My Lord and My God

human standing beside crucifix statue on mountain

We all know the resurrection story well. And we believe, otherwise we would not be Christians. Sometimes it’s easy to take our faith for granted because many of us have been taught from a young age. We live in a country where Bibles are readily available and it even follows us on our phone. But the first disciples of Jesus had a different vantage point than we do. They were with Jesus and witnessed his many miracles, including bringing people back from the dead.

It shouldn’t be that surprising, then, that they had a difficult time believing that Jesus had died in such a vulnerable way. The One who was able to raise people from the dead was now. . . dead. When he appeared alive at the tomb to Mary, John, and Peter, they believed and announced it to the other disciples. Then Jesus appeared to the disciples and “he showed them his hands and his side” (John 20:20 ESV). For whatever reason, Thomas was not with the other disciples when Jesus showed up.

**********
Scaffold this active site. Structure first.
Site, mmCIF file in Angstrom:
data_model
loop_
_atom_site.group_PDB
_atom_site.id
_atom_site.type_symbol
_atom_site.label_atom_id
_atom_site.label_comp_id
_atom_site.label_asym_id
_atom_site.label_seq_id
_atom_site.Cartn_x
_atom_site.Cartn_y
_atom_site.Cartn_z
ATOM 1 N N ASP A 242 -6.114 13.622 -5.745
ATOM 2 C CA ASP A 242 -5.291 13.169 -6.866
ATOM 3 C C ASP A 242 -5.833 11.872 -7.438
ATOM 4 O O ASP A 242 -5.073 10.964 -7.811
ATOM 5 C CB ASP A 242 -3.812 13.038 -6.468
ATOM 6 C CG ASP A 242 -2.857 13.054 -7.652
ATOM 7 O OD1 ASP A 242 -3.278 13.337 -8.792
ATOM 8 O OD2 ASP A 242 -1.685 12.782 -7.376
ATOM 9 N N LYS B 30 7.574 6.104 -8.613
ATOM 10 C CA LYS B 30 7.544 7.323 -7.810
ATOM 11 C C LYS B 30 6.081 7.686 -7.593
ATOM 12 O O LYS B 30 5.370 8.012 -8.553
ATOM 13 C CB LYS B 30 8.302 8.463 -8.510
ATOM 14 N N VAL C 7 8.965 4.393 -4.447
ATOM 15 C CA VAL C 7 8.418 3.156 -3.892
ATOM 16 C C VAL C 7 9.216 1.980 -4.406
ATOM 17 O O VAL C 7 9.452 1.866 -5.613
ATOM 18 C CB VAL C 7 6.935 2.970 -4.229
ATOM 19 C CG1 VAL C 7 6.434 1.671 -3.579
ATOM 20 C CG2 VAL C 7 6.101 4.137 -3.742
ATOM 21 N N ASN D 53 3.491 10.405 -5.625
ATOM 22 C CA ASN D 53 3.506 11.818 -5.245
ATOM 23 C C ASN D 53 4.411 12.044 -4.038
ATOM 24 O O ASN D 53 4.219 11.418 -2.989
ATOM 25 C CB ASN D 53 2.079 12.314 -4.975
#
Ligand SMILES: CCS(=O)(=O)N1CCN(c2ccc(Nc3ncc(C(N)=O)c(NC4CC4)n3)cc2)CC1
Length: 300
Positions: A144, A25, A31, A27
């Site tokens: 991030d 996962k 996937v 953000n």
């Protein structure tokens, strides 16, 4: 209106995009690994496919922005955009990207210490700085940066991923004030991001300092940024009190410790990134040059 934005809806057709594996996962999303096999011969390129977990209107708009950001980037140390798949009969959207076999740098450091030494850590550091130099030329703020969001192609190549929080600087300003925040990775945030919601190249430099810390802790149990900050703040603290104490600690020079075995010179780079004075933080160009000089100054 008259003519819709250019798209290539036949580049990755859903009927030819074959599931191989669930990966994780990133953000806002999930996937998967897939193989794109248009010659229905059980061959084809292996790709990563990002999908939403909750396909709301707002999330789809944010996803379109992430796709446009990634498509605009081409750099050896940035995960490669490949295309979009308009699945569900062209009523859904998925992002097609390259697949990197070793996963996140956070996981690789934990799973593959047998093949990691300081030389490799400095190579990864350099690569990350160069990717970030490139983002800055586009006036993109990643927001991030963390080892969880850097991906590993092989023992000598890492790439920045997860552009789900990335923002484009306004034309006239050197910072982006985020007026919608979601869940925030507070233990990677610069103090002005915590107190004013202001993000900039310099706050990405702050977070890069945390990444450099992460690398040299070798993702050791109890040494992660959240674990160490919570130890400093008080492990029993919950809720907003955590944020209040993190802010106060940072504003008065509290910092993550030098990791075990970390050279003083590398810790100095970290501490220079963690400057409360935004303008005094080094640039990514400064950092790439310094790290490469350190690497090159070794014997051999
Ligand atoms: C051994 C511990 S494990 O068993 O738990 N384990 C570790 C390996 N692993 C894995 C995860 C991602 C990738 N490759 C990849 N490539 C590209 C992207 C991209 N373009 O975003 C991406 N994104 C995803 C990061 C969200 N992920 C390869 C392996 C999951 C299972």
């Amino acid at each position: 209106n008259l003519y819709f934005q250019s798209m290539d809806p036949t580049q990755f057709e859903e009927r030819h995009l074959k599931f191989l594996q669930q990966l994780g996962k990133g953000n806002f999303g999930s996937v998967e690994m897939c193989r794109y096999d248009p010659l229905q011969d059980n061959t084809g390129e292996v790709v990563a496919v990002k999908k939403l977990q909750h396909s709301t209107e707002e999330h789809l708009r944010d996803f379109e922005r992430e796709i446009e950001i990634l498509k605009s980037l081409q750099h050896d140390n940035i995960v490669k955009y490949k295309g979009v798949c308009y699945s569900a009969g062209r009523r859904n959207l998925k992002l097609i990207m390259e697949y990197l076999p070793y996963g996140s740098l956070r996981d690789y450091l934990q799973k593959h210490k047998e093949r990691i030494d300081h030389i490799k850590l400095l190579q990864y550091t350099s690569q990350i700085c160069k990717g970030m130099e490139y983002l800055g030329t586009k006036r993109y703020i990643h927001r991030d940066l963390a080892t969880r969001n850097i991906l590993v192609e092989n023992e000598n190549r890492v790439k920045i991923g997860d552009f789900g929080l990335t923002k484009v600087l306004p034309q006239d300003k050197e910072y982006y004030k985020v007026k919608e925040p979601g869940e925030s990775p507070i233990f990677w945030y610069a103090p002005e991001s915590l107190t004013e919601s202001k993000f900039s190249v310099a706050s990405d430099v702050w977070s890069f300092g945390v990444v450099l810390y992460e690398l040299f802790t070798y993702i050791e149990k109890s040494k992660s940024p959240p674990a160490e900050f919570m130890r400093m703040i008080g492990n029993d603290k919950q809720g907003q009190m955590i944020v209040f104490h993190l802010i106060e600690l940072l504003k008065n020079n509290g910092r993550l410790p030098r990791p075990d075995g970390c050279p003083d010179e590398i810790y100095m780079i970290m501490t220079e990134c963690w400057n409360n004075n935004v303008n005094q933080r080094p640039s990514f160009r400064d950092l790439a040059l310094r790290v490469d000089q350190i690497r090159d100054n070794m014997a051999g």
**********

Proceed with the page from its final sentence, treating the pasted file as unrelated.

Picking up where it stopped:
The other disciples told Thomas that they saw Jesus but Thomas said, “Unless I see in his hands the mark of the nails, and place my finger into his side, I will never believe” (vs. 25). Jesus did not appear to Thomas until eight days later when he showed up to the whole group. He allowed Thomas to put his finger in his side and to look at his hands. Thomas answered, “My Lord and my God!” (vs. 28).

Jesus asked a rhetorical question, “Have you believed because you have seen me? Blessed are those who have not seen and yet have believed” (vs. 29). We truly are blessed. And we truly do believe in Jesus’ resurrection!